January 4, 2010

Students Learn the Philosophy Behind Mathematics

Interdisciplinary course was taught by Joe Shieber, assistant professor of philosophy, and Lorenzo Traldi, Metzgar Professor of Mathematics

A new team-taught course offered during the fall semester provided advanced philosophy and math majors with an introduction to the set theory, the logical foundation of mathematics, and the philosophical discussions of mathematics. The course was supported in part by a grant from the Andrew W. Mellon Foundation.

Infinite Sets, taught by Joe Shieber, assistant professor of philosophy, and Lorenzo Traldi, Marshall R. Metzgar Professor of Mathematics, was designed to appeal to math or philosophy majors, particularly those interested in attending graduate school.

“In the current state of the discipline, philosophers of mathematics cannot be taken seriously unless they have a very solid grounding in mathematics itself,” says Shieber. “For this reason, students interested in even gaining a basic familiarity with the philosophy of mathematics need an exposure to the mathematical techniques and results in set theory and other areas of interest to philosophers. An added source of interest in set theory for philosophers is that many of the prominent set theorists at the end of the 19th century and the beginning of the 20th century were also philosophers.”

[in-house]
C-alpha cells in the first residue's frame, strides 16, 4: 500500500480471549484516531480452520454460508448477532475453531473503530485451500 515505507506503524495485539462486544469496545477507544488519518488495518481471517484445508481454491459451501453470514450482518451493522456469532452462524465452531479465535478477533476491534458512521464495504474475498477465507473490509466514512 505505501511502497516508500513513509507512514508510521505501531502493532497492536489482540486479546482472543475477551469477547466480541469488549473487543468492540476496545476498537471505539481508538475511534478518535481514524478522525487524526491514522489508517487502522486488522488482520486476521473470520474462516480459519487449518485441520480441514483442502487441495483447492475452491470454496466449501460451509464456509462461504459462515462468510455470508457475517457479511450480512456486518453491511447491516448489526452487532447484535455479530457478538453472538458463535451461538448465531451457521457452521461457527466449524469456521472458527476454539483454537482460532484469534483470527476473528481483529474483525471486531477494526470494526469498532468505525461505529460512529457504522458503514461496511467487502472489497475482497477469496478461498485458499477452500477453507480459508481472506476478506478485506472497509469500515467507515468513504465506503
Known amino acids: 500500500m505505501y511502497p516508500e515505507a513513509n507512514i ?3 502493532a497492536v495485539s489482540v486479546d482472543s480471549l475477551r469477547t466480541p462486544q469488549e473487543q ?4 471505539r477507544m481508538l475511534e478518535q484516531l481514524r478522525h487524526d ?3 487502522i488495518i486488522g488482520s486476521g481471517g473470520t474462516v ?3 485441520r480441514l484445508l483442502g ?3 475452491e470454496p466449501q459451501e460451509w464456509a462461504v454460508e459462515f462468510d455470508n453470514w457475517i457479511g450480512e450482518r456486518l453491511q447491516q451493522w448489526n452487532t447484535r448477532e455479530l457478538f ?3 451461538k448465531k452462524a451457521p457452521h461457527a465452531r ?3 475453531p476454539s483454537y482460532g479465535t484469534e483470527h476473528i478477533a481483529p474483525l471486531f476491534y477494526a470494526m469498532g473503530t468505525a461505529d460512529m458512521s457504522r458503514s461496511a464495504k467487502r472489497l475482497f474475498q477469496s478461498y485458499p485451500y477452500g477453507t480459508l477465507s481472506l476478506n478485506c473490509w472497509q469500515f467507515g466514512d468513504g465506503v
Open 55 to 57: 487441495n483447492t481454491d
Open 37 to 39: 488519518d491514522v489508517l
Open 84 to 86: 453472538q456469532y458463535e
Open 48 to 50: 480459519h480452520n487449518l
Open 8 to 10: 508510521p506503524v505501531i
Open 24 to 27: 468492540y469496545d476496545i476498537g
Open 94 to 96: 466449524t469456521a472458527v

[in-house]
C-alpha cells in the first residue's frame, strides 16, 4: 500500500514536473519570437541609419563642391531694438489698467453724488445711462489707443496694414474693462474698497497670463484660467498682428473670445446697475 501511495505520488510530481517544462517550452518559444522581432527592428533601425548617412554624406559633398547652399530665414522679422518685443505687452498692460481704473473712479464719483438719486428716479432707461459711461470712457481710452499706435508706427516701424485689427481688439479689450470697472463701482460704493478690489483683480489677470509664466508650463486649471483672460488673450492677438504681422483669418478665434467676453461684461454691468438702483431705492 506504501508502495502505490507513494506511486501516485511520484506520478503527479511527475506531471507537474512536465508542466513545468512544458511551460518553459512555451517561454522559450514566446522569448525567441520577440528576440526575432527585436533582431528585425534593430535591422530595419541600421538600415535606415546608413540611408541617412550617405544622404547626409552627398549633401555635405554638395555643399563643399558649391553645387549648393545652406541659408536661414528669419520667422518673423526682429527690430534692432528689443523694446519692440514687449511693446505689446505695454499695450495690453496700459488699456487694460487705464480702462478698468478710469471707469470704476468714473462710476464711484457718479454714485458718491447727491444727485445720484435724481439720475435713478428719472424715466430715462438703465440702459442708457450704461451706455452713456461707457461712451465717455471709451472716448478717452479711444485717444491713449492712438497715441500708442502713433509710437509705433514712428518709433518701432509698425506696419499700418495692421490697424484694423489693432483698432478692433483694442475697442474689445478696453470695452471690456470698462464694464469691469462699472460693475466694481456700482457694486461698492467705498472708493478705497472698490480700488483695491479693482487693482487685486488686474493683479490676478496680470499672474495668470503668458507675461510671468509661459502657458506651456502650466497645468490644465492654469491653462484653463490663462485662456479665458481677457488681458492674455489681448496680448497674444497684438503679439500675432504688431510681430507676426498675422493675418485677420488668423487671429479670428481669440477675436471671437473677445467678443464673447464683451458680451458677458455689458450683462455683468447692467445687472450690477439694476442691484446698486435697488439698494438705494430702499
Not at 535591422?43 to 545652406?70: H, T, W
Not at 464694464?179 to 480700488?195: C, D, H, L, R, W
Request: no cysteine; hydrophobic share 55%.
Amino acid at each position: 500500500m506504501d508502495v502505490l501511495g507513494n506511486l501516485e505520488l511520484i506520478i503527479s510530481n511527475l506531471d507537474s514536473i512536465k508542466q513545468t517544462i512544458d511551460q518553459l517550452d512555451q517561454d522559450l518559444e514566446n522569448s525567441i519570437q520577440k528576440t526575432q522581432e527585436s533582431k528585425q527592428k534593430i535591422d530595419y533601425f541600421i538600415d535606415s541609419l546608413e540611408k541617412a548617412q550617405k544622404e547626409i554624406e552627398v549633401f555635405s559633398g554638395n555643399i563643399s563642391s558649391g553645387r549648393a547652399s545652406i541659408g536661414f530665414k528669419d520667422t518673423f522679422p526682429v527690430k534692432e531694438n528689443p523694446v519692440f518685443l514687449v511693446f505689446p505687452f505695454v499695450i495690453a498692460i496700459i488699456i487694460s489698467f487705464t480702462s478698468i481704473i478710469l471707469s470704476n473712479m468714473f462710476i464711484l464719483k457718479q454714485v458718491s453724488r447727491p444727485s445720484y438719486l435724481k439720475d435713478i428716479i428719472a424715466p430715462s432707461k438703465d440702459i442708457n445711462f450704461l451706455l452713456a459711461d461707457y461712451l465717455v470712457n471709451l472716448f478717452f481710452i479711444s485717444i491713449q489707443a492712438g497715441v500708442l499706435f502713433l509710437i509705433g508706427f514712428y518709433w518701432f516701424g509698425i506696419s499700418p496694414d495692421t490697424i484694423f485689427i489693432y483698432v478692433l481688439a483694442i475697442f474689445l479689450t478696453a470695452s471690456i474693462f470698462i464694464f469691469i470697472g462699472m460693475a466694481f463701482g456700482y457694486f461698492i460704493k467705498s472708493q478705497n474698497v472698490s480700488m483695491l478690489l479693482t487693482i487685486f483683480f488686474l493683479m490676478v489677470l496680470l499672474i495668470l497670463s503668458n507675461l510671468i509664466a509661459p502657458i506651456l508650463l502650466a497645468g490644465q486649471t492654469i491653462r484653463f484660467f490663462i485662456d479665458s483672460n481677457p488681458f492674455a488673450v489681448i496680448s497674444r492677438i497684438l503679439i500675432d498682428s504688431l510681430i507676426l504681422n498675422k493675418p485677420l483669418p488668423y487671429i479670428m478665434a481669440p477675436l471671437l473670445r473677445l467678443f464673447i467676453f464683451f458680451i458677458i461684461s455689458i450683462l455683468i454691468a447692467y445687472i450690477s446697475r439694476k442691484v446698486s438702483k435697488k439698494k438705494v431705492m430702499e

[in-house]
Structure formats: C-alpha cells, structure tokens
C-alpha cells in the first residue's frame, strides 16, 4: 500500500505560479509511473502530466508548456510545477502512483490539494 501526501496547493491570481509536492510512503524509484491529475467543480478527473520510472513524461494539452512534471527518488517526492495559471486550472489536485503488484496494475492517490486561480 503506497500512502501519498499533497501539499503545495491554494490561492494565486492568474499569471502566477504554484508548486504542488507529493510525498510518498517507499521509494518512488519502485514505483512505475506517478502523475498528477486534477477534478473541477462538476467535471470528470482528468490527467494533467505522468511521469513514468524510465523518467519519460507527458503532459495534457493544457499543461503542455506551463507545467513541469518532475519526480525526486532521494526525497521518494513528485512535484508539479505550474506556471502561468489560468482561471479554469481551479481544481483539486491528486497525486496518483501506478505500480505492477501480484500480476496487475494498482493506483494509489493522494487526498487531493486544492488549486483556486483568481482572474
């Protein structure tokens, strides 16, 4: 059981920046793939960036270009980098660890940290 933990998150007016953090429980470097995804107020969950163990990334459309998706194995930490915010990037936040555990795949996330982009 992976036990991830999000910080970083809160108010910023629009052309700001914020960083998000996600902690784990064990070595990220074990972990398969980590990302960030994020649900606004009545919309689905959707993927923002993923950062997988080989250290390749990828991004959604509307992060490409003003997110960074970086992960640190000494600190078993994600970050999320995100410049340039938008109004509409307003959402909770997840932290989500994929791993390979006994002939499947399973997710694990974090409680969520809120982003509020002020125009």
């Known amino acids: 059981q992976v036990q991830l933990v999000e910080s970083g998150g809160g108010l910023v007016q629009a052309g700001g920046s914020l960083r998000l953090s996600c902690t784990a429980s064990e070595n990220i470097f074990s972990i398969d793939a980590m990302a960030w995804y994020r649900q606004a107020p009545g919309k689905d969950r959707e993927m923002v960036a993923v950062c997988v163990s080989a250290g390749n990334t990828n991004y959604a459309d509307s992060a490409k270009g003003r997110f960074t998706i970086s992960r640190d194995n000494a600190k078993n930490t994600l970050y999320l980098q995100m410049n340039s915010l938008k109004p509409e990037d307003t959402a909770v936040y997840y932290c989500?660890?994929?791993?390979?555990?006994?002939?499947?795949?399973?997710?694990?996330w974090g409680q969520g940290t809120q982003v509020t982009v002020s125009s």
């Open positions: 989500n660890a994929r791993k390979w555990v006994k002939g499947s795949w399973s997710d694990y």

Set theory is the branch of mathematics that studies sets, or any collection of objects. Students in the high-level seminar course studied the theory’s implications for philosophical questions concerning the meaning of mathematical expressions, the nature of mathematical objects, and the extent of mathematical knowledge.

Traldi says that the interdisciplinary approach was beneficial to students in several ways.

“Philosophers seem to be more critical than mathematicians — they wonder why certain techniques are considered valid, rather than simply learning how to use them. Mathematicians tend to be less critical perhaps, but we are very careful about using techniques accurately. Both attitudes are valuable for advanced students,” Traldi says.

The professors also benefited from teaching the course as a team.

“For me as a teacher, I have benefited greatly from the chance to observe Professor Traldi in action; he is truly a consummate master-teacher and an excellent explicator of what are, quite often, very difficult mathematical ideas. It has also been useful for me to have to explain the philosophy of mathematics to the prospective mathematicians among our students, many of whom have never considered the sorts of questions that philosophers pose about mathematics. For me as a researcher, given my interest in the nature and sources of knowledge, the examples that I encounter in mathematics offer me excellent case studies for reflection and productive fodder for articles,” Shieber says.

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